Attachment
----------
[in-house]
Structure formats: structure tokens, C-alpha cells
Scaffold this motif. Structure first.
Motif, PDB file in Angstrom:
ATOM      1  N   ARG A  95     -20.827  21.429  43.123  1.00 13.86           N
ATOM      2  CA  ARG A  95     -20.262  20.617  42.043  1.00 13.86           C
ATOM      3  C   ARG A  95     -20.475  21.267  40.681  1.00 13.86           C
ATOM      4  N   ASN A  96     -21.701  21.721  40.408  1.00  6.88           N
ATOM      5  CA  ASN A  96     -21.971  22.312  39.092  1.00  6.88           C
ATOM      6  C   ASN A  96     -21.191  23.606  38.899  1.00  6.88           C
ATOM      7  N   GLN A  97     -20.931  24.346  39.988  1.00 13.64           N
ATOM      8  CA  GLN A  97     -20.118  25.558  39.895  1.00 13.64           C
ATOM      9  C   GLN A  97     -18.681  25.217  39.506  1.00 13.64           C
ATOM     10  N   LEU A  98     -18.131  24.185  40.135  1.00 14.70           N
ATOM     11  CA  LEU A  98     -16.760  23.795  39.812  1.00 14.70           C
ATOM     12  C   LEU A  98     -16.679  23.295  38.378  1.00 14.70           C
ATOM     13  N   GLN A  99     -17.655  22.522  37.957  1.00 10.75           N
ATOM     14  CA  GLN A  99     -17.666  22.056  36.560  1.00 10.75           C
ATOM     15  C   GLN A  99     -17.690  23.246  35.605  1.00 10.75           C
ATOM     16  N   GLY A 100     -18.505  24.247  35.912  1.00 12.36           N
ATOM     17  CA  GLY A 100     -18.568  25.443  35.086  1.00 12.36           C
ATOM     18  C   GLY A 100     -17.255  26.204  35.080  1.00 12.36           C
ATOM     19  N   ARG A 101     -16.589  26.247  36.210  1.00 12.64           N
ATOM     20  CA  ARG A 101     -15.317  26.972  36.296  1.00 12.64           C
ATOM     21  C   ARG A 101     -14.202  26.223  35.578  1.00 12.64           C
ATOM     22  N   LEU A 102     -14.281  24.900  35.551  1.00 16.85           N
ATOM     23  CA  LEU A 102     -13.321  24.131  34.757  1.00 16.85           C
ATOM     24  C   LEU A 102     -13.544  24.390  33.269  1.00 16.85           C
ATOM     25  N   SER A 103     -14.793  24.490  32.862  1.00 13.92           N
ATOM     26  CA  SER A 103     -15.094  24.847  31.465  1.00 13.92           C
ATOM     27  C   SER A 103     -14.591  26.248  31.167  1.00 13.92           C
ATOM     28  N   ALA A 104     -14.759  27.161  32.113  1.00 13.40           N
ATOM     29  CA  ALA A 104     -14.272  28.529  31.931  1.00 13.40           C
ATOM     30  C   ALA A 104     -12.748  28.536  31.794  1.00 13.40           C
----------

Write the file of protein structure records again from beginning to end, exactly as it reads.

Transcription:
[in-house]
Structure formats: structure tokens, C-alpha cells
Scaffold this motif. Structure first.
Motif, PDB file in Angstrom:
ATOM      1  N   ARG A  95     -20.827  21.429  43.123  1.00 13.86           N
ATOM      2  CA  ARG A  95     -20.262  20.617  42.043  1.00 13.86           C
ATOM      3  C   ARG A  95     -20.475  21.267  40.681  1.00 13.86           C
ATOM      4  N   ASN A  96     -21.701  21.721  40.408  1.00  6.88           N
ATOM      5  CA  ASN A  96     -21.971  22.312  39.092  1.00  6.88           C
ATOM      6  C   ASN A  96     -21.191  23.606  38.899  1.00  6.88           C
ATOM      7  N   GLN A  97     -20.931  24.346  39.988  1.00 13.64           N
ATOM      8  CA  GLN A  97     -20.118  25.558  39.895  1.00 13.64           C
ATOM      9  C   GLN A  97     -18.681  25.217  39.506  1.00 13.64           C
ATOM     10  N   LEU A  98     -18.131  24.185  40.135  1.00 14.70           N
ATOM     11  CA  LEU A  98     -16.760  23.795  39.812  1.00 14.70           C
ATOM     12  C   LEU A  98     -16.679  23.295  38.378  1.00 14.70           C
ATOM     13  N   GLN A  99     -17.655  22.522  37.957  1.00 10.75           N
ATOM     14  CA  GLN A  99     -17.666  22.056  36.560  1.00 10.75           C
ATOM     15  C   GLN A  99     -17.690  23.246  35.605  1.00 10.75           C
ATOM     16  N   GLY A 100     -18.505  24.247  35.912  1.00 12.36           N
ATOM     17  CA  GLY A 100     -18.568  25.443  35.086  1.00 12.36           C
ATOM     18  C   GLY A 100     -17.255  26.204  35.080  1.00 12.36           C
ATOM     19  N   ARG A 101     -16.589  26.247  36.210  1.00 12.64           N
ATOM     20  CA  ARG A 101     -15.317  26.972  36.296  1.00 12.64           C
ATOM     21  C   ARG A 101     -14.202  26.223  35.578  1.00 12.64           C
ATOM     22  N   LEU A 102     -14.281  24.900  35.551  1.00 16.85           N
ATOM     23  CA  LEU A 102     -13.321  24.131  34.757  1.00 16.85           C
ATOM     24  C   LEU A 102     -13.544  24.390  33.269  1.00 16.85           C
ATOM     25  N   SER A 103     -14.793  24.490  32.862  1.00 13.92           N
ATOM     26  CA  SER A 103     -15.094  24.847  31.465  1.00 13.92           C
ATOM     27  C   SER A 103     -14.591  26.248  31.167  1.00 13.92           C
ATOM     28  N   ALA A 104     -14.759  27.161  32.113  1.00 13.40           N
ATOM     29  CA  ALA A 104     -14.272  28.529  31.931  1.00 13.40           C
ATOM     30  C   ALA A 104     -12.748  28.536  31.794  1.00 13.40           C